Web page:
Mentoring helps employees develop confidence, skills and independence, while supporting employees’ emotional and physical wellbeing. Mentoring differs from coaching in that mentors are expected guide the mentee professionally and share their organizational knowledge and technical experience. For these reasons some organizations have chosen to reimagine the job of managers, or even replace managers altogether with mentors. But is this the right approach?
What is the difference between a manager and a mentor
The key roles of a manager include taking responsibility for ensuring that day-to-day tasks and long-term projects are on track, setting schedules and managing workloads accordingly, seeing that work gets completed to an appropriate standard, and reporting upwards to senior management. Managers also have a responsibility to ensure that their team is working well together, avoiding conflicts and facilitating communication.
Being a mentor is a little different. Like a manager, a mentor plays an important role in making sure a team runs smoothly, but mentors also must have a unique one-to-one relationship with each employee that they mentor.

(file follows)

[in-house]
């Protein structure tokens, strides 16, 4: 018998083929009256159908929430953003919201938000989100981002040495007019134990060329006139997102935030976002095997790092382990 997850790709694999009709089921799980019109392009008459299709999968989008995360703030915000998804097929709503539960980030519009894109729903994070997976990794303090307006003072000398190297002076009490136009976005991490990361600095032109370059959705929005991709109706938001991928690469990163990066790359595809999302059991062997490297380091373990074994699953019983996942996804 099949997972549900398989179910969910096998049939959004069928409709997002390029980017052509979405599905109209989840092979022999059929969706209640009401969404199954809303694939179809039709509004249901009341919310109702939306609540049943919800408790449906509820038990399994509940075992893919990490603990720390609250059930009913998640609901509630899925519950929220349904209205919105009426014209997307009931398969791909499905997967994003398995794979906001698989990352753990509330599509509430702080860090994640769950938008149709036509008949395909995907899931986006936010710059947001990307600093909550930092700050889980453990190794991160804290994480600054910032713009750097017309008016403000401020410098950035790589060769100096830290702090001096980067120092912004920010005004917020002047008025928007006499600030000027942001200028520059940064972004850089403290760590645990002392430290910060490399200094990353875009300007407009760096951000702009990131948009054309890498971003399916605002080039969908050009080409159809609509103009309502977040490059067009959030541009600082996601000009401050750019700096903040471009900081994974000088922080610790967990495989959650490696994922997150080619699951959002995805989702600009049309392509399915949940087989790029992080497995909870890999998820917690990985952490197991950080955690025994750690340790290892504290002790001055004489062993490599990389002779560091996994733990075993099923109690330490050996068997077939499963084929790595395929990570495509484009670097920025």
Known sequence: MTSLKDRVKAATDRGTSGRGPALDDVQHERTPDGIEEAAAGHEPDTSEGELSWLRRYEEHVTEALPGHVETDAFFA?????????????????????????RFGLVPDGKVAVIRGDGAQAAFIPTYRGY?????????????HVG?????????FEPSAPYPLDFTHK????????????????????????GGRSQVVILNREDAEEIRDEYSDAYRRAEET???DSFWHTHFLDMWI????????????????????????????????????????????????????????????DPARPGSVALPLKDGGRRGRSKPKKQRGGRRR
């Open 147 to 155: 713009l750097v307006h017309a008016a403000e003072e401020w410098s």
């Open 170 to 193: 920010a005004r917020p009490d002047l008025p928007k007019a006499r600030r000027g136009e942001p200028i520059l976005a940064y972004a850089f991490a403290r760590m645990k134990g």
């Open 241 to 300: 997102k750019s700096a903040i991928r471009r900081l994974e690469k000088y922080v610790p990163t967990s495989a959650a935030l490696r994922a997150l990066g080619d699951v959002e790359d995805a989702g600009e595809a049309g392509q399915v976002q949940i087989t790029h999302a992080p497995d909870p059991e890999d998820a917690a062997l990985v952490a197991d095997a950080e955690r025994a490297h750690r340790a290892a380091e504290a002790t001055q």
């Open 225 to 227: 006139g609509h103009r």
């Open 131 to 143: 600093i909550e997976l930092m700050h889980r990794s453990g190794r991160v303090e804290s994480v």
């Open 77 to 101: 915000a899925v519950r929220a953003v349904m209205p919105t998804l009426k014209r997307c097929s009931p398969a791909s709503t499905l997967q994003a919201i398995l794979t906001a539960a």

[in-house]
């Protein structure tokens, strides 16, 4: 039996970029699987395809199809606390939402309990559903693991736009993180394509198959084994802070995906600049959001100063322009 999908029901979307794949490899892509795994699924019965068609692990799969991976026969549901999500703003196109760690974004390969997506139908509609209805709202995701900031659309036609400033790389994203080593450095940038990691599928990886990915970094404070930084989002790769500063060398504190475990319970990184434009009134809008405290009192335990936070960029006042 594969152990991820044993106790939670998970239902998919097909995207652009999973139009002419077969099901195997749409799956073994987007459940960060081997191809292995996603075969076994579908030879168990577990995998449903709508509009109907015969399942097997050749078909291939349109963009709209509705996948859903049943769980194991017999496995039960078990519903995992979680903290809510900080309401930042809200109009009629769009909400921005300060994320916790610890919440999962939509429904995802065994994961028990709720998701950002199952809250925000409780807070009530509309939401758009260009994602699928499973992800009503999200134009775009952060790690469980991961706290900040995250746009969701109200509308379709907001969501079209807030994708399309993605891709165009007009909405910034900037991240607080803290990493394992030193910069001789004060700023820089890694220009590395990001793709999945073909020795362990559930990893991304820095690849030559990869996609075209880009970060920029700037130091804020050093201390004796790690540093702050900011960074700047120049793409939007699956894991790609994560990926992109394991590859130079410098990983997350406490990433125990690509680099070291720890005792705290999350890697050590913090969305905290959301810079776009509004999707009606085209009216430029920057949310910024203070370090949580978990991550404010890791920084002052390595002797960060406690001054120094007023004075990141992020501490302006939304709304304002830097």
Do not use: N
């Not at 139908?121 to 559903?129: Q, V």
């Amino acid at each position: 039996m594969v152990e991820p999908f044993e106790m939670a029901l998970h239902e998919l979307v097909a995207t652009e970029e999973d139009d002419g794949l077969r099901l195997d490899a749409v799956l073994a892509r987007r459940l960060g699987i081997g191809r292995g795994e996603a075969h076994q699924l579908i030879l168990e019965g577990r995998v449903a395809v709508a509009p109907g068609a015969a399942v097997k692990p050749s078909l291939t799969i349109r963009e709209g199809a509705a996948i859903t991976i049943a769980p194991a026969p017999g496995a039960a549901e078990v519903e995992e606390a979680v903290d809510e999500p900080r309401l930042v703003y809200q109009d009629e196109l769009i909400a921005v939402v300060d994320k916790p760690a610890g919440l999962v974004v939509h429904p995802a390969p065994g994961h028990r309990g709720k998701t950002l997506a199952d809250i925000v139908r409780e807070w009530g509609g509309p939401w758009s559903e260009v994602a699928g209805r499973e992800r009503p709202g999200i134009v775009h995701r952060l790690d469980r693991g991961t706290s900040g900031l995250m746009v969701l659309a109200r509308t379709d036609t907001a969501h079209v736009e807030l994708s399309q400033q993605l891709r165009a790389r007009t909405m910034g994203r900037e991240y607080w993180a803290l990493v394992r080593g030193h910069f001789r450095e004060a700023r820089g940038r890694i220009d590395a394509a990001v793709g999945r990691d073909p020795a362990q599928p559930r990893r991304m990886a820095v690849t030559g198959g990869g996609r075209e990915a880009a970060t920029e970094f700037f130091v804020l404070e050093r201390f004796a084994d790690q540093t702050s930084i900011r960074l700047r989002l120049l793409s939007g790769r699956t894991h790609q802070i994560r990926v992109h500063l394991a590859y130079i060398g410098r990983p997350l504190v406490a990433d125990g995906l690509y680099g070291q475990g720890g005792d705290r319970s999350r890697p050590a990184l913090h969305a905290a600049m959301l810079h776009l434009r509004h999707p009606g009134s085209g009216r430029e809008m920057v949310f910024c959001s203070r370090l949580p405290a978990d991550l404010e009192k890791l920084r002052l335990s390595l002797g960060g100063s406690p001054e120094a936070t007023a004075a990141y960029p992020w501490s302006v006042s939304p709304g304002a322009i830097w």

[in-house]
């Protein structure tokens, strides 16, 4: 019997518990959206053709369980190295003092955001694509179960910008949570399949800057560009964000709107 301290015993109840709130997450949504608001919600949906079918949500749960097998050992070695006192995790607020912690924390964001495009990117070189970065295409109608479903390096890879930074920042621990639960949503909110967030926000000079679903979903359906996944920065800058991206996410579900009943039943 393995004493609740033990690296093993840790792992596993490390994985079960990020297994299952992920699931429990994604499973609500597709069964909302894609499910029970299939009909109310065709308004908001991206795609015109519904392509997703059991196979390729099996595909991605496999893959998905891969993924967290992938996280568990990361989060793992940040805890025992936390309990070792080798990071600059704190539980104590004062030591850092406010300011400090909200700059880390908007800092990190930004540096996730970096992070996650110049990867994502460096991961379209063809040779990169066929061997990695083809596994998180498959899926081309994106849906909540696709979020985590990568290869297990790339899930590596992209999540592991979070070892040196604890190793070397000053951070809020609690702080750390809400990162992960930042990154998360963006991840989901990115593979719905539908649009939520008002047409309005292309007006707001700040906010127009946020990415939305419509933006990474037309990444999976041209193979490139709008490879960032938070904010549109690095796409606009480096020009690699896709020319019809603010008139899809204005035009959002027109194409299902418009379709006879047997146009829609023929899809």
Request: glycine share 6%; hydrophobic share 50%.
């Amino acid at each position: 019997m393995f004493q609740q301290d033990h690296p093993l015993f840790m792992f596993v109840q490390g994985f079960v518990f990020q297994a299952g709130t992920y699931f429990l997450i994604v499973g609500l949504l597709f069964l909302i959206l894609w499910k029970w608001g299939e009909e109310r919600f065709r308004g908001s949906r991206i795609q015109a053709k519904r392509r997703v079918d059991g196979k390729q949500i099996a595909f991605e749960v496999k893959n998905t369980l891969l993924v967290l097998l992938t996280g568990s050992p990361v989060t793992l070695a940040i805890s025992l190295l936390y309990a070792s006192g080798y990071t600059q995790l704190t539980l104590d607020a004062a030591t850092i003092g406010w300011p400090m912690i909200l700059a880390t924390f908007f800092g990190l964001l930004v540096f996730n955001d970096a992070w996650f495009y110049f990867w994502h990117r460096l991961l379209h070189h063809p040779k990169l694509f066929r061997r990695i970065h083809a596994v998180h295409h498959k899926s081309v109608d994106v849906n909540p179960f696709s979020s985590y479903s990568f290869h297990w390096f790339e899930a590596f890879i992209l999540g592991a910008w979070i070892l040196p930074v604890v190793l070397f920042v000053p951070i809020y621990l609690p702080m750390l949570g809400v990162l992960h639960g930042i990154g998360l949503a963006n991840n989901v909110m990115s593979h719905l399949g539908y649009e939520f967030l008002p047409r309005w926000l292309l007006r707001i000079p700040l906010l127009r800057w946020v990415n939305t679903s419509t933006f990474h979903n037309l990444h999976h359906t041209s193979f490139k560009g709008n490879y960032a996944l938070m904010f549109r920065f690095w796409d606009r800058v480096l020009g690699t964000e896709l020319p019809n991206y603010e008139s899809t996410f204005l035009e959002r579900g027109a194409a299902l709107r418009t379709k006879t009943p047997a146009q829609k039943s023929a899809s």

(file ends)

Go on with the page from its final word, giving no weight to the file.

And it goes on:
The role of a mentor is to offer and provide guidance and support to a mentee, who will usually be a more junior or relatively less experienced member of the same organization. A mentor will draw upon their knowledge and experience in guiding a mentee. At times, a mentor will choose to actively intervene and give guidance where needed, but it is also important for a mentor to know when to let their mentee make their own discoveries, while being available to the mentee should they require help.
The role of a mentor extends beyond advising on how to complete work-tasks, mentors also offer a friendly face to candid advice and support on intra-workplace social relationships, access to key networks, and wellbeing.
A good manager and a good mentor share many important traits. Each should be a role model to those they manage or mentor and should treat the people they lead with humanity. Each should be able to put the needs of those they lead, and of the organization they represent, at the forefront of their priorities.
Why do organizations want managers to become mentors?
By rethinking the role of the manager, and focusing on mentoring, organizations can encourage high potential employees and their teams to work with more autonomy and to fully embrace responsibility for the outcomes of their work.